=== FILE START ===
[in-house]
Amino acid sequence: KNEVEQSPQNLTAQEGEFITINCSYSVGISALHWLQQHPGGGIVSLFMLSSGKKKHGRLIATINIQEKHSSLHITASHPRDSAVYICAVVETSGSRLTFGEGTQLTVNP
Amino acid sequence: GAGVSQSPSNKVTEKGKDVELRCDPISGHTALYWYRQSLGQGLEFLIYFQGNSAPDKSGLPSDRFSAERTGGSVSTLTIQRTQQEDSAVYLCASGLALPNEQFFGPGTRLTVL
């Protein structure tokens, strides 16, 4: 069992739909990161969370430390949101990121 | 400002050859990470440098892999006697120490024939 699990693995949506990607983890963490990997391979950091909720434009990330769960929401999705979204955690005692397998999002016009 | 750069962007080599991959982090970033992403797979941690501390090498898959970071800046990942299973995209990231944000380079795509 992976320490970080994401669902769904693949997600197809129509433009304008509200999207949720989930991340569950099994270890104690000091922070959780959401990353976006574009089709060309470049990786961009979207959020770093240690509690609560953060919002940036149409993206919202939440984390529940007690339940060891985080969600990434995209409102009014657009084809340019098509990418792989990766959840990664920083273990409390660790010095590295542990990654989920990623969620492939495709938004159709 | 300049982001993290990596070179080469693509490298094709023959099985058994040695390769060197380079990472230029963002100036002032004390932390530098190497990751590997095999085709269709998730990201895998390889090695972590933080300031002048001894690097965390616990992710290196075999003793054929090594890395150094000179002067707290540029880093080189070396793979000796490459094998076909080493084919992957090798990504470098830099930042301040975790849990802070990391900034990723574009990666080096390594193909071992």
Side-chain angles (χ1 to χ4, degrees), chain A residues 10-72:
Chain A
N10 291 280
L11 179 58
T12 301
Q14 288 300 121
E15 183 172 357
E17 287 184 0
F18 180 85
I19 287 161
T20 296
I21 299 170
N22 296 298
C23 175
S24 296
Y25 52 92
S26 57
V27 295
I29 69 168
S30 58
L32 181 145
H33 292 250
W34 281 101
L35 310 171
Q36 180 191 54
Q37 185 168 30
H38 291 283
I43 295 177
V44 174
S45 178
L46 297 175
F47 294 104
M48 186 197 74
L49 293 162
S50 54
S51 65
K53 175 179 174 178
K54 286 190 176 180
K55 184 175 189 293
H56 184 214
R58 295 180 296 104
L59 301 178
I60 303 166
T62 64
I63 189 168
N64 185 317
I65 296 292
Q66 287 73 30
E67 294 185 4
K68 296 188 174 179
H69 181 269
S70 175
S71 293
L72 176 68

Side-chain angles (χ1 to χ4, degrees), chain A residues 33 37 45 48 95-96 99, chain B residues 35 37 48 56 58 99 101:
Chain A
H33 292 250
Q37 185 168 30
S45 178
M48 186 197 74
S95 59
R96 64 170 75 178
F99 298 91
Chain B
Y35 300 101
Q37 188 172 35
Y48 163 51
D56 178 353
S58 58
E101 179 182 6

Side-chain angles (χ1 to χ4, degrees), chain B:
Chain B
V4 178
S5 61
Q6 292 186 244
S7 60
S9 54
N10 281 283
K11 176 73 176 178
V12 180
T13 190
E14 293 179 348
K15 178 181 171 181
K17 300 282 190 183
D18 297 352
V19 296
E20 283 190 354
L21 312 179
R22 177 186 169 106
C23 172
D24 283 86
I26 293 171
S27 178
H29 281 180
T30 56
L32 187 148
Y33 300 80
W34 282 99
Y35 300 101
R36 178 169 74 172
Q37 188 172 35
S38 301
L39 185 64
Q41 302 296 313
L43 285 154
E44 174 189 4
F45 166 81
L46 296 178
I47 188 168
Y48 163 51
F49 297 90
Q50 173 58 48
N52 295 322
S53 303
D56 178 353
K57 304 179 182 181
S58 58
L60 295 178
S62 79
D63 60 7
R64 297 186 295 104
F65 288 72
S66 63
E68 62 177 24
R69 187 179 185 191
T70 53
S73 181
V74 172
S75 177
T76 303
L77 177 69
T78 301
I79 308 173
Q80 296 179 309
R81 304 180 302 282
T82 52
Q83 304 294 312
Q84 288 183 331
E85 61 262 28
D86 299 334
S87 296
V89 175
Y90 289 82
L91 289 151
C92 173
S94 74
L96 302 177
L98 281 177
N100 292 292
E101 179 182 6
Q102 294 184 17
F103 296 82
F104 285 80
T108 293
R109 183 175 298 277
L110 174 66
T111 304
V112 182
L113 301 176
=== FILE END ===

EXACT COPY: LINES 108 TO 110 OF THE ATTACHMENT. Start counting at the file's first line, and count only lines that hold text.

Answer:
Q41 302 296 313
L43 285 154
E44 174 189 4